You’ve likely experienced many types of prompts or questions amidst a job interview, or asked them yourself. According to the principle, should uncover an applicant’s actual identity and personality and help figure out whether he or she would be a decent fit for the position. Honestly, the responses to these questions are not that telling.
As indicated by Richard Davis, a partner and a management psychologist at RHR International LLP, getting a good read on somebody is about the follow up discussion. But still most managers acknowledge the first answer and proceed onward to the next question.
“I would say, leading and conducting interviews throughout the previous 12 years, I have discovered that it is on account of the first response to one of the questions that is just imperceptibly accommodating and may even be irrelevant,” Davis writes in Harvard Business Review. “Yet most questioners mostly recognize what they listen (great or terrible) and, without asking any follows ups, move to the next topic on their list.”
The thing about follow-up questions is that it obliges you to give careful consideration to the candidate’s answers so you can trust on them. At the same time the result is worth the payoff, Davis composes. The follow-up inquiry is the thing that will reveal what you’re trying to know.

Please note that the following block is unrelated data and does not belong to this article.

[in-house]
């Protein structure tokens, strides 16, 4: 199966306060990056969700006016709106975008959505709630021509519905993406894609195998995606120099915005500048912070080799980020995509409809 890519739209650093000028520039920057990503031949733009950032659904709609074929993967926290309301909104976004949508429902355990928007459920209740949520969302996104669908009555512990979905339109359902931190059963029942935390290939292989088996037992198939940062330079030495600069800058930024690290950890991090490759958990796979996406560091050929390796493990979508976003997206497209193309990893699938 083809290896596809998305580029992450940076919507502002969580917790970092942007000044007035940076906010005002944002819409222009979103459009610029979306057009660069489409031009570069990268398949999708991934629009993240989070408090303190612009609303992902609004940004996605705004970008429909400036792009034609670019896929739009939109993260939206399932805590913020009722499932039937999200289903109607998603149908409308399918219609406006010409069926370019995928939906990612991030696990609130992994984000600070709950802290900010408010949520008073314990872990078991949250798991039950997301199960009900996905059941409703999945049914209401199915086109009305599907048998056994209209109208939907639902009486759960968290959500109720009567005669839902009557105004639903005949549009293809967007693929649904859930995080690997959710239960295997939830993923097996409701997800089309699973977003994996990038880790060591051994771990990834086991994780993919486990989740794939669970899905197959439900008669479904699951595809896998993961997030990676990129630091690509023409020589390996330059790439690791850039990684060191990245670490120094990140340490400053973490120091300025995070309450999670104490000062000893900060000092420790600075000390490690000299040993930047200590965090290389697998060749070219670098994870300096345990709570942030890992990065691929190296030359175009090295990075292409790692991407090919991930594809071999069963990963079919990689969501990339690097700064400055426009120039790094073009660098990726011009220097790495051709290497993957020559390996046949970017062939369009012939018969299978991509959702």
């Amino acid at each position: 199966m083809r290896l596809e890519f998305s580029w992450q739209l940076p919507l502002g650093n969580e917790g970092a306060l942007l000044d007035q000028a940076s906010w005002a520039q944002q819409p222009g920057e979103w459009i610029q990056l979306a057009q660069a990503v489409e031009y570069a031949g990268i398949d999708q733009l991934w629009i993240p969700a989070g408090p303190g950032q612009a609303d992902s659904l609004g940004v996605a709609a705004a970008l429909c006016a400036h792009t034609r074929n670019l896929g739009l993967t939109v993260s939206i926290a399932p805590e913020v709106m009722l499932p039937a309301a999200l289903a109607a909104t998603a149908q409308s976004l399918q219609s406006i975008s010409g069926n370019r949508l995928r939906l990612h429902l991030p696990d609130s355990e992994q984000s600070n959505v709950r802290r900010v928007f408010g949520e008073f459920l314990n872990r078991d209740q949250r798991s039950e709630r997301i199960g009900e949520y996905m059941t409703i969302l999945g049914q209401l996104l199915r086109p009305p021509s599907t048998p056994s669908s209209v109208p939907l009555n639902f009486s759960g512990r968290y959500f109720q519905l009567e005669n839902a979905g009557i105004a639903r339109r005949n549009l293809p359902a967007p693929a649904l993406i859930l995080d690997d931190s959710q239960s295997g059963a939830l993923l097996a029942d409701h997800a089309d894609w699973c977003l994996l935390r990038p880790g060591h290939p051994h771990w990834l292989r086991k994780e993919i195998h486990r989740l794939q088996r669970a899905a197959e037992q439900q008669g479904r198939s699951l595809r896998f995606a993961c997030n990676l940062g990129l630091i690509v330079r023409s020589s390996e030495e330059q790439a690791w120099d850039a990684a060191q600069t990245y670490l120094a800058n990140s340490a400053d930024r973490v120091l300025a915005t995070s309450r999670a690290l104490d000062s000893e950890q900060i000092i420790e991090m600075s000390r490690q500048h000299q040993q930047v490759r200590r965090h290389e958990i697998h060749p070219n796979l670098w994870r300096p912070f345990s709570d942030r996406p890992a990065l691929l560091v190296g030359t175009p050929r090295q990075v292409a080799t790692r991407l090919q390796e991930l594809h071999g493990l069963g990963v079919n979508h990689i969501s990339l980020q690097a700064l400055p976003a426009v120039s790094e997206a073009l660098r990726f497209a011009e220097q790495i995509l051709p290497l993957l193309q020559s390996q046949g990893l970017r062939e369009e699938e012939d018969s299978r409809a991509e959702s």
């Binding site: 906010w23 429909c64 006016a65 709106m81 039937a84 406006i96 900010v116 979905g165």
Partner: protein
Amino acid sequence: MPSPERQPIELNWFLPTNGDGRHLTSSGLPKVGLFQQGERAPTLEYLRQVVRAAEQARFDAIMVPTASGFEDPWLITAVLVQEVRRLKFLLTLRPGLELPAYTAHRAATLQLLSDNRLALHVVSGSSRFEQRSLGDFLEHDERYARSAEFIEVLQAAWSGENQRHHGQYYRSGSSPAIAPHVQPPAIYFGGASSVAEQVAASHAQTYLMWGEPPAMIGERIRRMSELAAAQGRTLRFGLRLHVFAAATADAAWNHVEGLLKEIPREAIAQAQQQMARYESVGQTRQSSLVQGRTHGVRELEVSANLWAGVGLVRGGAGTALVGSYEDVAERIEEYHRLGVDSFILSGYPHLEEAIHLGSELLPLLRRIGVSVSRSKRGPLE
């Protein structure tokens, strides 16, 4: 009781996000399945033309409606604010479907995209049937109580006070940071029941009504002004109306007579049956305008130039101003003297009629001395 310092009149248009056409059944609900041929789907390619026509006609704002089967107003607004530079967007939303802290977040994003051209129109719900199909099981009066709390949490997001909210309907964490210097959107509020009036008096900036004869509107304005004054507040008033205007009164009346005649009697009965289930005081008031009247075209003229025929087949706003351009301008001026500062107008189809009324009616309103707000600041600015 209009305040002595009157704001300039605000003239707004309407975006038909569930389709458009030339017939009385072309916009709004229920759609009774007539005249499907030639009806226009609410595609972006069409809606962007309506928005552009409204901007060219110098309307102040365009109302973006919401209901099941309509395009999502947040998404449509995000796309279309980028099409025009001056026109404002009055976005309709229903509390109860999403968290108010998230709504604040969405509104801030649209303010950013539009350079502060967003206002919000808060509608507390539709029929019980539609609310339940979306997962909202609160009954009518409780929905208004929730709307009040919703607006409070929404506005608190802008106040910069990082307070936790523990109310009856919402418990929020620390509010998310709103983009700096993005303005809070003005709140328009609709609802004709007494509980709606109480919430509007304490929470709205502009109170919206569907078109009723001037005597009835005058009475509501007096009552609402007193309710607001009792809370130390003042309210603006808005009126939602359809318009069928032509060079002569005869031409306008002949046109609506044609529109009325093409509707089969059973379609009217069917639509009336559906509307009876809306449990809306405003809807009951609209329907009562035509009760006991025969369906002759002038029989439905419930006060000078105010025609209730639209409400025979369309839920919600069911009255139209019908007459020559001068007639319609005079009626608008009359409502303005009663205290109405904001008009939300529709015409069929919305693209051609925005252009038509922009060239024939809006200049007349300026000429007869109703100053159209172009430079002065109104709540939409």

On the off chance that you’re still worried about asking a follow-up question, Davis presents three separate sorts of questions you can ask:
- Repeat the initially asked questions and just change them a little bit. In the event that the candidate deflects the question or doesn’t provide for you the answer you’re searching for, try utilizing an expression like “Let me ask you this in an alternate way”. That gives the candidate another chance, while in the meantime it gives room to the likelihood that the first question wasn’t clear enough. Simply be careful about overusing the same expression and switch it up with comparative choices.
- Associate their response to something they said previously. Say something like, “Goodness that is similar to what you said before about…” not just does that help you improve understanding of the applicant but it additionally demonstrates that you are giving careful consideration. Once more, be careful about using this too much; you would prefer not to make it feel like an interrogation.
- Get some information about the ramifications of an answer. If the applicant says that his greatest weakness is consistently a perfectionist, ask how that plays out in the work environment.
The specific questions you ask aren’t necessary as long as you’re forwarding a meaningful discussion that uncovers a hopeful personality. It’s about going past the first question to transform a stock answer into something more critical.
“Thinking of an extraordinary list of questions is just the initial step in conducting an interview,” Davis composes. “It’s the follow up questions that will truly let you know who you’re dealing with”.